Moores School of Music halfway to its piano fundraising goal
School receives second delivery of Steinways and continues raising money for the pianos’ upkeep
Photos by Sammy Butts
The name Steinway is synonymous with the piano. The 160-year-old company builds its pianos one at a time, each instrument taking over a year to create. That commitment to customization and craftsmanship allowed Steinway to set industry standards for piano design and construction.
On October 25, the Moores School of Music welcomed the second delivery of these top-quality pianos in its long term conversion to an all-Steinway music school.
Thanks to the generosity of an anonymous alum, a $5 million, multiyear gift will be used to purchase the school more than 170 Steinway pianos – the largest single piano order that Steinway has ever filled.
“So far we've purchased 20 Steinways out of the total 170 needed to make the Moores School of Music an all-Steinway school,” said Dr. Andrew Davis, Director of the Moores School of Music. “That purchase has amounted to just under $2 million dollars.”
The piano conversion will give Moores one of the largest inventories of New-York-made Steinways in the world. All music students will have access to Steinway pianos in every practice room, every faculty teaching studio, and on every Moores performance stage.
Regardless of the musical instrument students play, all of Moores’ nearly 600 undergraduate and graduate students are required to learn to play the piano or improve their piano skills. All of them must work with a piano on a near-daily basis, as part of their private study on their own instruments—much of which requires that they play with piano accompaniment.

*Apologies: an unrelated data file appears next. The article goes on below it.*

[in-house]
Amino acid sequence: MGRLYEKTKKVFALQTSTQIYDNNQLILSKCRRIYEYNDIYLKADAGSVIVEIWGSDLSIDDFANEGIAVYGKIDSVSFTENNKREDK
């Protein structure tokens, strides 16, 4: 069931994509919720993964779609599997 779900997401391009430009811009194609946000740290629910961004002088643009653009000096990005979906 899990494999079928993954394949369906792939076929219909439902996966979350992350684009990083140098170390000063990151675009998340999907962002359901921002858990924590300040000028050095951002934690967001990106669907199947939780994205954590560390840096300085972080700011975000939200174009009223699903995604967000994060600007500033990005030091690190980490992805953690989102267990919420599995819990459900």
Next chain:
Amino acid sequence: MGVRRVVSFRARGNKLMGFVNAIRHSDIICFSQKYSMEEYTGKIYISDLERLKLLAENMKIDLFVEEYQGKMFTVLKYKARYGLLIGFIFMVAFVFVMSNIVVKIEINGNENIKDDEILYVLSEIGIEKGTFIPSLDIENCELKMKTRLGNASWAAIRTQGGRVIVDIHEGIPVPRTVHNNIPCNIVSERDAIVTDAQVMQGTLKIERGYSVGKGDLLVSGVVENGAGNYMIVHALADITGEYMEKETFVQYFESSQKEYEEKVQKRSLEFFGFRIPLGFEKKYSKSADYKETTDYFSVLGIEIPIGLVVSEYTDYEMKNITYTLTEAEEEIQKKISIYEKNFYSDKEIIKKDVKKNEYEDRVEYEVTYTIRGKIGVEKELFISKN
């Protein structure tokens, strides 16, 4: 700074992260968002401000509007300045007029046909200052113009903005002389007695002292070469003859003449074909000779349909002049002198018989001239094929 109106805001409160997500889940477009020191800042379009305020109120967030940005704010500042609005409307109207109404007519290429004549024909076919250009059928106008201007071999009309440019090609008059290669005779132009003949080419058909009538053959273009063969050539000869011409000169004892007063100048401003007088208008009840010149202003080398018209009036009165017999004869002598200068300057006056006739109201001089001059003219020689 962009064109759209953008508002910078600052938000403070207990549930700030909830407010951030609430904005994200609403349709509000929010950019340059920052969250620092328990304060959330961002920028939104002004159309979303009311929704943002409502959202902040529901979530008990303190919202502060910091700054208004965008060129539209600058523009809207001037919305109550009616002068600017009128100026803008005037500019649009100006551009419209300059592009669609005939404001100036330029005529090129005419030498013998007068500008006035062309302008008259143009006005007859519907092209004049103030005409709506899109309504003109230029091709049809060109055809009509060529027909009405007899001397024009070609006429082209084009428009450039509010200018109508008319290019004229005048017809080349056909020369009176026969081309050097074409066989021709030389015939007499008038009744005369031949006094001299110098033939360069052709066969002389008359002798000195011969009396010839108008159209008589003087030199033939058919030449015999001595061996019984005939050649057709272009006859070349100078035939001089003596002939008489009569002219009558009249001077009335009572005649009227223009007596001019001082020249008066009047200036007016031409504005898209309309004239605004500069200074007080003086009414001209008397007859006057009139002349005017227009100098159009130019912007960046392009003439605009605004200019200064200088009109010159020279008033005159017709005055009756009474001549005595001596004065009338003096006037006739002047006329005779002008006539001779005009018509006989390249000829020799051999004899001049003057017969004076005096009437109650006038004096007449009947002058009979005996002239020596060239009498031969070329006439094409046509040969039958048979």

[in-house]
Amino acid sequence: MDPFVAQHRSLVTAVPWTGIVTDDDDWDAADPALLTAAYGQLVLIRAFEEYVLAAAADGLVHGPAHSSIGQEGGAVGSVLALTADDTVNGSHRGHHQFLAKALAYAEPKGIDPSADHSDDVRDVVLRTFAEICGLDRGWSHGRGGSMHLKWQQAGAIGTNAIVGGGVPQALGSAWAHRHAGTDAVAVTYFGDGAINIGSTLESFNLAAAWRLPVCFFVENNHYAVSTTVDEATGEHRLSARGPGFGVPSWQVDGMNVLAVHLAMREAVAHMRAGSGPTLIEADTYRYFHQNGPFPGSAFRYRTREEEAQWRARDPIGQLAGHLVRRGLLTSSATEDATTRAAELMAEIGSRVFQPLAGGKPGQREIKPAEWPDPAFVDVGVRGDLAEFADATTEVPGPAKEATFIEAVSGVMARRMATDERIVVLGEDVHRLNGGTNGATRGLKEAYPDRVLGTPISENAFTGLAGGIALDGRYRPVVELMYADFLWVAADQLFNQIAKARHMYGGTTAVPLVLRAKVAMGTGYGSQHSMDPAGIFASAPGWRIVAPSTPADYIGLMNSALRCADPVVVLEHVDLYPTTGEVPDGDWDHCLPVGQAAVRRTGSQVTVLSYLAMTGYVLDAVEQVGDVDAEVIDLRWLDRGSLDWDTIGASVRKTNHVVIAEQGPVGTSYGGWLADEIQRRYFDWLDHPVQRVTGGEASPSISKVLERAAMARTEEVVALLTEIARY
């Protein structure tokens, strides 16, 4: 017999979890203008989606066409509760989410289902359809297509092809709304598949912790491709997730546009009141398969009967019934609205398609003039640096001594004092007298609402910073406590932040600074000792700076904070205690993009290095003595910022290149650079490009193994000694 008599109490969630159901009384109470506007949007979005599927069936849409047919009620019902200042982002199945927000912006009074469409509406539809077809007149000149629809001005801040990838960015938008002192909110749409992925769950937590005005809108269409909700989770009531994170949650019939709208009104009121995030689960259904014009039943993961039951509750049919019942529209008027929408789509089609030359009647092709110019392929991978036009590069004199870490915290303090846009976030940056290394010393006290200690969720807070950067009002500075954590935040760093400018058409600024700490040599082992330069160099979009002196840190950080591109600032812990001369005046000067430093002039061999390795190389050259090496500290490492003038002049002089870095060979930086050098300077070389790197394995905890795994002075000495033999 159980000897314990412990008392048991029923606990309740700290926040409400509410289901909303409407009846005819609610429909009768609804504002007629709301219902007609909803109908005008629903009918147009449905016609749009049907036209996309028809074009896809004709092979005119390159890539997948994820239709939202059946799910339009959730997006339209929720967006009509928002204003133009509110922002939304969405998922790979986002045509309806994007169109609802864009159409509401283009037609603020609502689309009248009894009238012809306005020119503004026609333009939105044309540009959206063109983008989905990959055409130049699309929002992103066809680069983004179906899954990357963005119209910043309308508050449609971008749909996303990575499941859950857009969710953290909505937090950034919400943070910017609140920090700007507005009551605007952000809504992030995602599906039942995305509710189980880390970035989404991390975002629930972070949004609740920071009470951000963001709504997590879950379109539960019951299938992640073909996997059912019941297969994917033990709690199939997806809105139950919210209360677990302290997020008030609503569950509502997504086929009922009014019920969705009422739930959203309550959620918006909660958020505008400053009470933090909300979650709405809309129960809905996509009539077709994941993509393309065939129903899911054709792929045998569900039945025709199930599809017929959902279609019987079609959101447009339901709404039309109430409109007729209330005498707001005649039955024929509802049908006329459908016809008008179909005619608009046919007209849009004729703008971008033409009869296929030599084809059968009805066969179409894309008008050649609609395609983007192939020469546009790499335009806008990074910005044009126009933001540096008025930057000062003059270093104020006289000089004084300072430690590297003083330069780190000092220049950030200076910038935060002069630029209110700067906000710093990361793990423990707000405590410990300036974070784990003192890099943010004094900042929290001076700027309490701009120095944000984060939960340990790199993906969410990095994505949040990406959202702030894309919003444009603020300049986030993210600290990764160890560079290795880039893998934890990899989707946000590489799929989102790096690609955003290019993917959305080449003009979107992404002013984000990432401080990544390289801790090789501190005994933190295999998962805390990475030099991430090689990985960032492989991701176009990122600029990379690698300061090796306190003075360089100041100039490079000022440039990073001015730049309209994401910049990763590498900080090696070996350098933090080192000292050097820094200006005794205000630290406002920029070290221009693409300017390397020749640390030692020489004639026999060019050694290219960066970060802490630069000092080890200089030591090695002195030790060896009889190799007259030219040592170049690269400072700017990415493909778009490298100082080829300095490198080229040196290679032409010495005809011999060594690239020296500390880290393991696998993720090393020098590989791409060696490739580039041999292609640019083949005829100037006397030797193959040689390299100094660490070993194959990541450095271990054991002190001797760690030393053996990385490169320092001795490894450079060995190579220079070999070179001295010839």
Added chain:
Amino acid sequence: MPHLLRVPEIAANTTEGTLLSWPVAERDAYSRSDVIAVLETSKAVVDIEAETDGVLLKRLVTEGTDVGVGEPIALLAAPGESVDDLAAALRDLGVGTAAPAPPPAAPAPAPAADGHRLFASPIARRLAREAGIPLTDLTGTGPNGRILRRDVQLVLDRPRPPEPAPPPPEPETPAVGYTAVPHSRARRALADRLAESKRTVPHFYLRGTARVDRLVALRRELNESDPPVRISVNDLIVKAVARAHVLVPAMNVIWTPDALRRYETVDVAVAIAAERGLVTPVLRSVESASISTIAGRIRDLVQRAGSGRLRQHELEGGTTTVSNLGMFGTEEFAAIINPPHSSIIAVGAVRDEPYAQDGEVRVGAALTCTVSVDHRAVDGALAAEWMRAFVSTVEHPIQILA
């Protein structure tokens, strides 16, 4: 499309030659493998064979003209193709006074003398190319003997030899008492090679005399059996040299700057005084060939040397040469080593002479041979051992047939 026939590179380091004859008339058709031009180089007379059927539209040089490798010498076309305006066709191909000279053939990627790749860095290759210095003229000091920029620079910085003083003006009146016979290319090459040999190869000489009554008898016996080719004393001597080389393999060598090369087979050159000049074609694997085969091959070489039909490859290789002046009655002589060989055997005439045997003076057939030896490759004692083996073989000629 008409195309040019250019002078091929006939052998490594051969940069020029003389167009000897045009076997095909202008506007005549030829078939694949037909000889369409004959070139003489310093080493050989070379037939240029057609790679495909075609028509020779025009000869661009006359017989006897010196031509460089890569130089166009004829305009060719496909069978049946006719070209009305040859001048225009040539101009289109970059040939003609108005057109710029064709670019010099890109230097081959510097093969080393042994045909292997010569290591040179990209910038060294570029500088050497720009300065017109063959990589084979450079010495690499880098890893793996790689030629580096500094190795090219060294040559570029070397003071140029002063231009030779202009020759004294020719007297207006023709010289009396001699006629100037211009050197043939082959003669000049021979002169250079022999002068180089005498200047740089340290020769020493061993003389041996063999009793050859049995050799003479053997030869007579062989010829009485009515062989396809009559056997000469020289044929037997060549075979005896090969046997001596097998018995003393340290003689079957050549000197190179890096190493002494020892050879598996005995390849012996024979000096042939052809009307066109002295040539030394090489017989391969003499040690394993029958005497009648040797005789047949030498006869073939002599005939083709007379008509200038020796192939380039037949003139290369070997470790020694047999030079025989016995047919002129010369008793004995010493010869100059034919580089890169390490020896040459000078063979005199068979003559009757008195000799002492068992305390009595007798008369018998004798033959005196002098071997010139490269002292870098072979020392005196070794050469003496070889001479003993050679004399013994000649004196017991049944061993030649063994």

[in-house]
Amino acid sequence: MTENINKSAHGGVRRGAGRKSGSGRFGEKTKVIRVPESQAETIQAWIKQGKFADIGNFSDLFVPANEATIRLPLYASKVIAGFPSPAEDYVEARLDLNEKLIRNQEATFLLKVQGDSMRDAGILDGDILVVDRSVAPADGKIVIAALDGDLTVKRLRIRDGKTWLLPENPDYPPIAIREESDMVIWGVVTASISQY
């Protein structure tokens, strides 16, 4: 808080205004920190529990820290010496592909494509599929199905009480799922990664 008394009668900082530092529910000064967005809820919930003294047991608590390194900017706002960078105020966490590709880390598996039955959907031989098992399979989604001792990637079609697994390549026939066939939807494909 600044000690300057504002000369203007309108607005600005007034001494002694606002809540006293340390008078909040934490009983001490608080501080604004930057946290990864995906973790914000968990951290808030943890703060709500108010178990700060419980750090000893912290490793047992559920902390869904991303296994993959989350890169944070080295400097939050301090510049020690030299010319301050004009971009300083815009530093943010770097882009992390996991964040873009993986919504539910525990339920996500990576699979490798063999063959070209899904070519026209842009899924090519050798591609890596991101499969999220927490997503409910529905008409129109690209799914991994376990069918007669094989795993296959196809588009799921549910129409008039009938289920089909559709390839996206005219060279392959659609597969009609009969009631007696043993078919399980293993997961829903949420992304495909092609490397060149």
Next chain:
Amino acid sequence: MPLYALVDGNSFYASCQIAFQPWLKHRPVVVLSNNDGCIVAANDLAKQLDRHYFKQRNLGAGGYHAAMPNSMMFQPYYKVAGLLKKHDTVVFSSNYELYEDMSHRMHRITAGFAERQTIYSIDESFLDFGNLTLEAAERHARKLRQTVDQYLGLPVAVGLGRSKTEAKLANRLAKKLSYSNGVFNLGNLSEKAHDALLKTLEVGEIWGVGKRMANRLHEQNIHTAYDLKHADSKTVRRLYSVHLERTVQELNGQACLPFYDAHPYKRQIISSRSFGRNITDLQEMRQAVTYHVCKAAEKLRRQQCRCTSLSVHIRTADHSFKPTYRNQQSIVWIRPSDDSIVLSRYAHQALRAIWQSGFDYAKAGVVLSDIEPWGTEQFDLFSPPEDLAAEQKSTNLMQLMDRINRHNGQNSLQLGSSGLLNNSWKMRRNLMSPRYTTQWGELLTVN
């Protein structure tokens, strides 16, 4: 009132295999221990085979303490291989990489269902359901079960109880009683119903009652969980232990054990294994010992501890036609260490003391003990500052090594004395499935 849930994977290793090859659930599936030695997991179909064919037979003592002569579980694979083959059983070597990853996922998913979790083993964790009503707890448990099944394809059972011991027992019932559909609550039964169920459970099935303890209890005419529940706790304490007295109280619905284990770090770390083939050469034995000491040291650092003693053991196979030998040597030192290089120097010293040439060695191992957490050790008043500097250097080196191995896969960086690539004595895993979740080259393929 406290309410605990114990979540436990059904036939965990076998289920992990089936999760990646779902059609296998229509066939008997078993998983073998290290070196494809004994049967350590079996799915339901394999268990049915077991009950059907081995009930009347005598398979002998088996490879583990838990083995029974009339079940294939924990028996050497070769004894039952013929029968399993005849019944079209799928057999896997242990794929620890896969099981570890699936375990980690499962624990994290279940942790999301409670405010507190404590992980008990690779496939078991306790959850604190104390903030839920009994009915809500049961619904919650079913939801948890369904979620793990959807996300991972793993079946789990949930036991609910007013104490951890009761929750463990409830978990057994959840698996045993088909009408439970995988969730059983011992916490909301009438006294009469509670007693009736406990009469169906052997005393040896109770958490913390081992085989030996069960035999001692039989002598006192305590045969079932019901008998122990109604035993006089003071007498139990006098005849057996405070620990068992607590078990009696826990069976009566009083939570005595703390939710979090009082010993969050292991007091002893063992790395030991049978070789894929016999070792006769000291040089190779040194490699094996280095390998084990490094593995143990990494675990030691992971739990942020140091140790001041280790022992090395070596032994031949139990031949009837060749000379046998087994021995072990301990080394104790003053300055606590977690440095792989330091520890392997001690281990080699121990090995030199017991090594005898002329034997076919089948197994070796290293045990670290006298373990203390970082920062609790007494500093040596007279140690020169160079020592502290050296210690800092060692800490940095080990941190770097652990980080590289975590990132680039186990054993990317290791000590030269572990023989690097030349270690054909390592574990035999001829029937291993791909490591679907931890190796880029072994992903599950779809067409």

The breadth and depth of the Steinway inventory on campus will be an asset in Moores’ recruitment of top students, as well as scholar-artists to the faculty and guest performers to its concert schedule.
Of the 20 Steinways purchased thus far, four are 9-foot Steinway concert grand pianos and 16 are 7-foot Steinway Model B pianos. The instruments are being delivered in phases. The first eight were delivered about a year ago.
The donor has challenged Moores to raise an additional $1 million to create an endowed fund, income from which will be used to maintain the pianos in perpetuity. On October 30 at the Moores Society fall luncheon, Dr. Davis announced that the school is halfway to achieving its Steinway fundraising goal.
One of the new Steinways was showcased during the Oct. 17 UH football game. During halftime, Timothy Hester, Professor of Piano, played George Gershwin’s “Rhapsody in Blue” on a “Cougar red” piano, backed by the Spirit of Houston Cougar Marching Band.
With proper upkeep, each Steinway should last over a century, making these world-class pianos available for future generations of Moores Music students.
- By Monica Byars